Wisdom teeth are usually the last teeth that erupt usually around the age of 17 or 18. Not everyone has their wisdom teeth: most people require wisdom tooth extractions, for a number of reasons. A common misconception about wisdom teeth is they must be removed. Realistically, this is not the case.
• They are erupting in to an abnormal position tilted, sideways or twisted.
• They are trapped below the gum line, or impacted, due to lack of space in the dental arch.
• An infection, or pericoronitis (also known as operculitis, is inflammation of the soft tissues surrounding the crown of a partially erupted tooth, including the gingiva (gums) and the dental follicle. The soft tissue covering a partially erupted tooth is known as an operculum, an area which can be difficult to access with normal oral hygiene methods.)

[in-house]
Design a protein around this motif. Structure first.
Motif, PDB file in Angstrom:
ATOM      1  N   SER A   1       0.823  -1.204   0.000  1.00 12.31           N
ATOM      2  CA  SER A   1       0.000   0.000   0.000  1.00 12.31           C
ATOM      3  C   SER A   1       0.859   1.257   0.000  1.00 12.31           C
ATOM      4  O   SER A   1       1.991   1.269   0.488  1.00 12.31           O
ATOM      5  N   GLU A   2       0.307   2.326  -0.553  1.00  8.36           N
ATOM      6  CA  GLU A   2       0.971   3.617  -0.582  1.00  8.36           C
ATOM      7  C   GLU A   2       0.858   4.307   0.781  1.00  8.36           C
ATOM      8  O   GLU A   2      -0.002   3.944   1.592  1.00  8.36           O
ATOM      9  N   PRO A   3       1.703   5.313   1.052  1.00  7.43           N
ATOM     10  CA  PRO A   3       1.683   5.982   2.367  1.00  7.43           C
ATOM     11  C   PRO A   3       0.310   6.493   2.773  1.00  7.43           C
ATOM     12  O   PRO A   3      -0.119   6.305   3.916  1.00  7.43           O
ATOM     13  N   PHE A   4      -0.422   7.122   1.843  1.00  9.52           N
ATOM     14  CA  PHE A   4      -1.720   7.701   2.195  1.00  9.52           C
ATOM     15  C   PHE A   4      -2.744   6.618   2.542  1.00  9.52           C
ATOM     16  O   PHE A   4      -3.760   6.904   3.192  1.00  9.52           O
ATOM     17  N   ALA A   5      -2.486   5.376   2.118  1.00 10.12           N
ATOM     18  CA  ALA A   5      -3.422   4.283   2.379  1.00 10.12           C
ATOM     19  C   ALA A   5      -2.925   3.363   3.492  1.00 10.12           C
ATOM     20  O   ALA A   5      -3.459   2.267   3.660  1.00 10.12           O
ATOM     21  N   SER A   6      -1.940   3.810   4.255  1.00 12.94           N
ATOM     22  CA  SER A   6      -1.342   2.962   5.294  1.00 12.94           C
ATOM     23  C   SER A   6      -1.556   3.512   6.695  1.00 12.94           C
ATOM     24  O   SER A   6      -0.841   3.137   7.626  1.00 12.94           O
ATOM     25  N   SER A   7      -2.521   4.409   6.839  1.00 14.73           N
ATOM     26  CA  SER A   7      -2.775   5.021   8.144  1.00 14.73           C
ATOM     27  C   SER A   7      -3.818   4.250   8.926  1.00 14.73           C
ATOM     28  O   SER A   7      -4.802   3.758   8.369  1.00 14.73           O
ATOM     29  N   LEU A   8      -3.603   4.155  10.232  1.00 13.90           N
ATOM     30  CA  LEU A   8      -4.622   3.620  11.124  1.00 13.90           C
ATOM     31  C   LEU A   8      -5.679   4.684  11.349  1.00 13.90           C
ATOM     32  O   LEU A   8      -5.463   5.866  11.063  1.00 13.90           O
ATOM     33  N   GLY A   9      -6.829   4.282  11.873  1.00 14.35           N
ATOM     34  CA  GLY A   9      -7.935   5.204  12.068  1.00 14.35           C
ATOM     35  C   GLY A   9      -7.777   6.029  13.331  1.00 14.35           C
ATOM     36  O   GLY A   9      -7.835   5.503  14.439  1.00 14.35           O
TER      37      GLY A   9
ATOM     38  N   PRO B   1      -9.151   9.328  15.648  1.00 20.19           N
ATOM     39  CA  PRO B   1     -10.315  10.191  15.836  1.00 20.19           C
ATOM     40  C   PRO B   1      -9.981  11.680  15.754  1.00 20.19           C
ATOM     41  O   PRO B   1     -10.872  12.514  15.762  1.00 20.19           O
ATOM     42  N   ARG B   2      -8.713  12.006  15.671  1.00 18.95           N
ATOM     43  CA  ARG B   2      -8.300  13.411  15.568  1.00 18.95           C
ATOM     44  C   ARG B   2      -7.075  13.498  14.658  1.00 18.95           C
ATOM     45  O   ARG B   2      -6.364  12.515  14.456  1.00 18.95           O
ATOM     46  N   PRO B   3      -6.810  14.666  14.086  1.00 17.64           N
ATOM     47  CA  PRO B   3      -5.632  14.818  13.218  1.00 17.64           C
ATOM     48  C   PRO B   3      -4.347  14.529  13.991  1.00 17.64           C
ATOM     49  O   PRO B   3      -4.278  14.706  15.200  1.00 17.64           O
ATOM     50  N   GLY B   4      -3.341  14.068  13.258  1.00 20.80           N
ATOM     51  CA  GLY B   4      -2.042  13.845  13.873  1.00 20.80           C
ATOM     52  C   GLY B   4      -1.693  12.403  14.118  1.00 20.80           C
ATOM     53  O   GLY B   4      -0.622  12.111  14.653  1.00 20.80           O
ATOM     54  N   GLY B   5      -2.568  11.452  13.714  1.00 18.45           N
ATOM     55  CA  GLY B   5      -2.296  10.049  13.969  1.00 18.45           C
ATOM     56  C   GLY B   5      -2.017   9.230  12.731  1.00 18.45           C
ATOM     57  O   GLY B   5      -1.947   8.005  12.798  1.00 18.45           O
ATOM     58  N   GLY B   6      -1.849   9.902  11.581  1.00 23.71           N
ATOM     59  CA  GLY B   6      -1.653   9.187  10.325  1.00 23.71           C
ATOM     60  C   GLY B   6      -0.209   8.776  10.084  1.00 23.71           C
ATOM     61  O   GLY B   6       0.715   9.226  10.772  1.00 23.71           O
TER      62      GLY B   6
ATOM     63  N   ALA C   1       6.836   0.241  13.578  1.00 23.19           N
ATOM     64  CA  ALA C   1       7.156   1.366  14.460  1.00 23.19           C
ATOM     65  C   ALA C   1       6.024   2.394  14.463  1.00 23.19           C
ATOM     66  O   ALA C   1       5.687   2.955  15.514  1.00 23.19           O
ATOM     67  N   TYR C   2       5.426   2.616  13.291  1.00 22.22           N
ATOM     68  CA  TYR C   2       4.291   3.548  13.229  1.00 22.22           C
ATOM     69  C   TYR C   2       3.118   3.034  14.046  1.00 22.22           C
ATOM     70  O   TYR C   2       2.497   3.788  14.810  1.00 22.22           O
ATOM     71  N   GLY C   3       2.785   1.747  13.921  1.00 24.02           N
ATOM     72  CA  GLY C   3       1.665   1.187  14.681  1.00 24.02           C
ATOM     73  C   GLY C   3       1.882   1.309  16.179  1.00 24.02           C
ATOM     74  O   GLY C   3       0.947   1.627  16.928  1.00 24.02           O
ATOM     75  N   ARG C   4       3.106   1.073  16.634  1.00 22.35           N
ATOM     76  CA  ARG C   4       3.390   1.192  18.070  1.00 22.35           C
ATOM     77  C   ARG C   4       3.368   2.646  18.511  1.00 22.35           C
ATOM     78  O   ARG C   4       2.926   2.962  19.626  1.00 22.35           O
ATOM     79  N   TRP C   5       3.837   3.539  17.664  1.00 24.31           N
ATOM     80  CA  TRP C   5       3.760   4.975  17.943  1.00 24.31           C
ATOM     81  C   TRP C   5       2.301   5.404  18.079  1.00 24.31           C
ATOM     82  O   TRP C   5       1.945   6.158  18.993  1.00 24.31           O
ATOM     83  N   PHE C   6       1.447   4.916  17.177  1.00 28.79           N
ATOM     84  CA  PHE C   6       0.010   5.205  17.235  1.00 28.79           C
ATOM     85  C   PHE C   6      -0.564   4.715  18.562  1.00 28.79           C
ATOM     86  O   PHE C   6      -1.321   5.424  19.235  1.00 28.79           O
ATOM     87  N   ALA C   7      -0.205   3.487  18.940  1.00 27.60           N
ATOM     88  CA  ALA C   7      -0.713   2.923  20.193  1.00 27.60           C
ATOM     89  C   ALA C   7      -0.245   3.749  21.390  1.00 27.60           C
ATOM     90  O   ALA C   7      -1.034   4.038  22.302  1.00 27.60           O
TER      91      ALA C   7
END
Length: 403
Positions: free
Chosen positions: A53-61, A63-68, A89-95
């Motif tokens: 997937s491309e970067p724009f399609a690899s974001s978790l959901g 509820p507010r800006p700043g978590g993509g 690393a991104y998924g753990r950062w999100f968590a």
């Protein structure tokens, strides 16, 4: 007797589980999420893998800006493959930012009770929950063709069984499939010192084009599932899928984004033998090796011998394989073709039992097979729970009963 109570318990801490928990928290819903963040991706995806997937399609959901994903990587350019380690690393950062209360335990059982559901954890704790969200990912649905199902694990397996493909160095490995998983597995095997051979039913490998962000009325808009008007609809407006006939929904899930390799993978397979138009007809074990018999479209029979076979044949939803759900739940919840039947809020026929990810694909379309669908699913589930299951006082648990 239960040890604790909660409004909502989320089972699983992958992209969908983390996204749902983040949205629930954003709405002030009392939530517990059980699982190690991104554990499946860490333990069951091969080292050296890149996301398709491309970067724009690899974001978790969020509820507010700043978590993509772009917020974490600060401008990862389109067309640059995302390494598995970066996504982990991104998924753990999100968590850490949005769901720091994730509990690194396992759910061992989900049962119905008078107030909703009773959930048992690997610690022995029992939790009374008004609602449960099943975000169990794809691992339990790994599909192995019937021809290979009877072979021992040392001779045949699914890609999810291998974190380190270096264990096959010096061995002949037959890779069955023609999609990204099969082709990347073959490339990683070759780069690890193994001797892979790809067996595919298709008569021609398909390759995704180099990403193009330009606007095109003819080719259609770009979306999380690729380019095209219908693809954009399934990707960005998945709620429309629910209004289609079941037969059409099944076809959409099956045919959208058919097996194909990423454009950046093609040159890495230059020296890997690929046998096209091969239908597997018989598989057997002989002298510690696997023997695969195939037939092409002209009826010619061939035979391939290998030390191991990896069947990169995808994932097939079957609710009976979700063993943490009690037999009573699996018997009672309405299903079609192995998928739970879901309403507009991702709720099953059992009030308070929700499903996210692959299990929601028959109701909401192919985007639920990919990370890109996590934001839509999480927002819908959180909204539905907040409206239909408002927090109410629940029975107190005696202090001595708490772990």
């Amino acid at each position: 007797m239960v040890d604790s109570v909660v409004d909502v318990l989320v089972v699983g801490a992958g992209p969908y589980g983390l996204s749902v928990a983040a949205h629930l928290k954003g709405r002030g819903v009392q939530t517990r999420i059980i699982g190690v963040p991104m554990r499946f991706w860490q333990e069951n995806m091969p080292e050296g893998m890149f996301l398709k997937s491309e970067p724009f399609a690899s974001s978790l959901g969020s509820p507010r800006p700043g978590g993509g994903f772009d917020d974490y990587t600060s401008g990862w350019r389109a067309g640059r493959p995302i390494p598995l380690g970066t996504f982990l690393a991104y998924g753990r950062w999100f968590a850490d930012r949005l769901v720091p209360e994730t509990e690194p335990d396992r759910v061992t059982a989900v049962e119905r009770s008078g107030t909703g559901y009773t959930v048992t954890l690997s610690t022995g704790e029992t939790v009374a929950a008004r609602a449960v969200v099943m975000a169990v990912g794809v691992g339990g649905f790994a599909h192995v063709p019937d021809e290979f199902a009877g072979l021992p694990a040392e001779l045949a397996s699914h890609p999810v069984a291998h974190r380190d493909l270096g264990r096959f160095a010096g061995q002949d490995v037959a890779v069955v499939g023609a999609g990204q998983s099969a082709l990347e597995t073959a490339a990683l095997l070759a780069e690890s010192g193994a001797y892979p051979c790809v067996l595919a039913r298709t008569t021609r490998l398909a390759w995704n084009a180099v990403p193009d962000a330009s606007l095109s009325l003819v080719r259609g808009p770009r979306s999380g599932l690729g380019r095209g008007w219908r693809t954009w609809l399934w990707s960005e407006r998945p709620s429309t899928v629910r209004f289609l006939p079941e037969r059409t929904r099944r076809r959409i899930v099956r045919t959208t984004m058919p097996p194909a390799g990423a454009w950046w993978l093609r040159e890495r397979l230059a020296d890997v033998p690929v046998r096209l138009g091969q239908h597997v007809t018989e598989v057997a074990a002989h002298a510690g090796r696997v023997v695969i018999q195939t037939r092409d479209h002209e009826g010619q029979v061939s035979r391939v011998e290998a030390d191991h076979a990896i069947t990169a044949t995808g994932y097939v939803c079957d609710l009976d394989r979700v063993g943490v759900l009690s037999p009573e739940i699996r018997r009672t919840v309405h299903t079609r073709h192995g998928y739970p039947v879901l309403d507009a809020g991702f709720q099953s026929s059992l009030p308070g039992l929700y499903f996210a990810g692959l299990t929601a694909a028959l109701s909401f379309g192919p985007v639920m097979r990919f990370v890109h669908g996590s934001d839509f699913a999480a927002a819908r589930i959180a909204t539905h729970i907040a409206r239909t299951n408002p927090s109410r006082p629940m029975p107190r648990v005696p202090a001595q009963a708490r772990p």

, has developed from trapped food, plaque and bacteria.
• The way the patient’s teeth bite together has changed, causing malocclusion of the teeth and misalignment of the jaws.
• The erupted wisdom tooth lacks proper hygiene because it is hard to reach, resulting in tooth decay..